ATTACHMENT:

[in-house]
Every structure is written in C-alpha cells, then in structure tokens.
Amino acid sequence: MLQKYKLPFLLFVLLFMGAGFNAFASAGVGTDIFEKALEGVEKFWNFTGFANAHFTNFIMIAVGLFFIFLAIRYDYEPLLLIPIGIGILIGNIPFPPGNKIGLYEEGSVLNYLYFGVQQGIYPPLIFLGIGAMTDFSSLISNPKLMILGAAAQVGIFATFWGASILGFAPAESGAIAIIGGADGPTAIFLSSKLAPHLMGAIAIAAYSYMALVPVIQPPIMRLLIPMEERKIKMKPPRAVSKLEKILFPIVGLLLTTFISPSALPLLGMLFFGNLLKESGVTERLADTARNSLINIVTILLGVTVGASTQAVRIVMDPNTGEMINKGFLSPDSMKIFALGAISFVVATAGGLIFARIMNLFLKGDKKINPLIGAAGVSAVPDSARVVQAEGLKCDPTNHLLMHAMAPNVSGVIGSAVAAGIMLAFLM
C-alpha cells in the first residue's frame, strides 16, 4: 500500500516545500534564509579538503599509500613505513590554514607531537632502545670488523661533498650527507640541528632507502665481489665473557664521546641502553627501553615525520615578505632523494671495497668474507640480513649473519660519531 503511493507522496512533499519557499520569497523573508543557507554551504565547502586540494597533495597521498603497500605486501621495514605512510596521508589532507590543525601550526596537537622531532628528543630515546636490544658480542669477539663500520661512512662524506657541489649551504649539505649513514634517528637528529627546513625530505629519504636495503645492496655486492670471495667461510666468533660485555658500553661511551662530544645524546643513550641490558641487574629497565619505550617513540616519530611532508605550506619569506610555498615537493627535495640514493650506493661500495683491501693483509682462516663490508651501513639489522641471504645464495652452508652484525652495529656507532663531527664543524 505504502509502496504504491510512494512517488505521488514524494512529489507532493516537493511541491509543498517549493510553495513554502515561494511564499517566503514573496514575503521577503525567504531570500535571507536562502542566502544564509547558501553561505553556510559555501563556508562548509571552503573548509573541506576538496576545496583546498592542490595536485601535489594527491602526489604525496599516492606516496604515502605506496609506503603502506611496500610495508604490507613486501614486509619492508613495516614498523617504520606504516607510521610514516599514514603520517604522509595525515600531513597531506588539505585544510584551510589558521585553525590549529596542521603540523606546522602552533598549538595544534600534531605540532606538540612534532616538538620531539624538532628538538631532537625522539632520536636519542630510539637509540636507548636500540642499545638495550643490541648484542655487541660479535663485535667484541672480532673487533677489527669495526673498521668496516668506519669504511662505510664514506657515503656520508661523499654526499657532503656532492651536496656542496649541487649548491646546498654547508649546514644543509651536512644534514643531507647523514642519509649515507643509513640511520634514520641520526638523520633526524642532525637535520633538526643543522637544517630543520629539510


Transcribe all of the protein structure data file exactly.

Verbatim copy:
[in-house]
Every structure is written in C-alpha cells, then in structure tokens.
Amino acid sequence: MLQKYKLPFLLFVLLFMGAGFNAFASAGVGTDIFEKALEGVEKFWNFTGFANAHFTNFIMIAVGLFFIFLAIRYDYEPLLLIPIGIGILIGNIPFPPGNKIGLYEEGSVLNYLYFGVQQGIYPPLIFLGIGAMTDFSSLISNPKLMILGAAAQVGIFATFWGASILGFAPAESGAIAIIGGADGPTAIFLSSKLAPHLMGAIAIAAYSYMALVPVIQPPIMRLLIPMEERKIKMKPPRAVSKLEKILFPIVGLLLTTFISPSALPLLGMLFFGNLLKESGVTERLADTARNSLINIVTILLGVTVGASTQAVRIVMDPNTGEMINKGFLSPDSMKIFALGAISFVVATAGGLIFARIMNLFLKGDKKINPLIGAAGVSAVPDSARVVQAEGLKCDPTNHLLMHAMAPNVSGVIGSAVAAGIMLAFLM
C-alpha cells in the first residue's frame, strides 16, 4: 500500500516545500534564509579538503599509500613505513590554514607531537632502545670488523661533498650527507640541528632507502665481489665473557664521546641502553627501553615525520615578505632523494671495497668474507640480513649473519660519531 503511493507522496512533499519557499520569497523573508543557507554551504565547502586540494597533495597521498603497500605486501621495514605512510596521508589532507590543525601550526596537537622531532628528543630515546636490544658480542669477539663500520661512512662524506657541489649551504649539505649513514634517528637528529627546513625530505629519504636495503645492496655486492670471495667461510666468533660485555658500553661511551662530544645524546643513550641490558641487574629497565619505550617513540616519530611532508605550506619569506610555498615537493627535495640514493650506493661500495683491501693483509682462516663490508651501513639489522641471504645464495652452508652484525652495529656507532663531527664543524 505504502509502496504504491510512494512517488505521488514524494512529489507532493516537493511541491509543498517549493510553495513554502515561494511564499517566503514573496514575503521577503525567504531570500535571507536562502542566502544564509547558501553561505553556510559555501563556508562548509571552503573548509573541506576538496576545496583546498592542490595536485601535489594527491602526489604525496599516492606516496604515502605506496609506503603502506611496500610495508604490507613486501614486509619492508613495516614498523617504520606504516607510521610514516599514514603520517604522509595525515600531513597531506588539505585544510584551510589558521585553525590549529596542521603540523606546522602552533598549538595544534600534531605540532606538540612534532616538538620531539624538532628538538631532537625522539632520536636519542630510539637509540636507548636500540642499545638495550643490541648484542655487541660479535663485535667484541672480532673487533677489527669495526673498521668496516668506519669504511662505510664514506657515503656520508661523499654526499657532503656532492651536496656542496649541487649548491646546498654547508649546514644543509651536512644534514643531507647523514642519509649515507643509513640511520634514520641520526638523520633526524642532525637535520633538526643543522637544517630543520629539510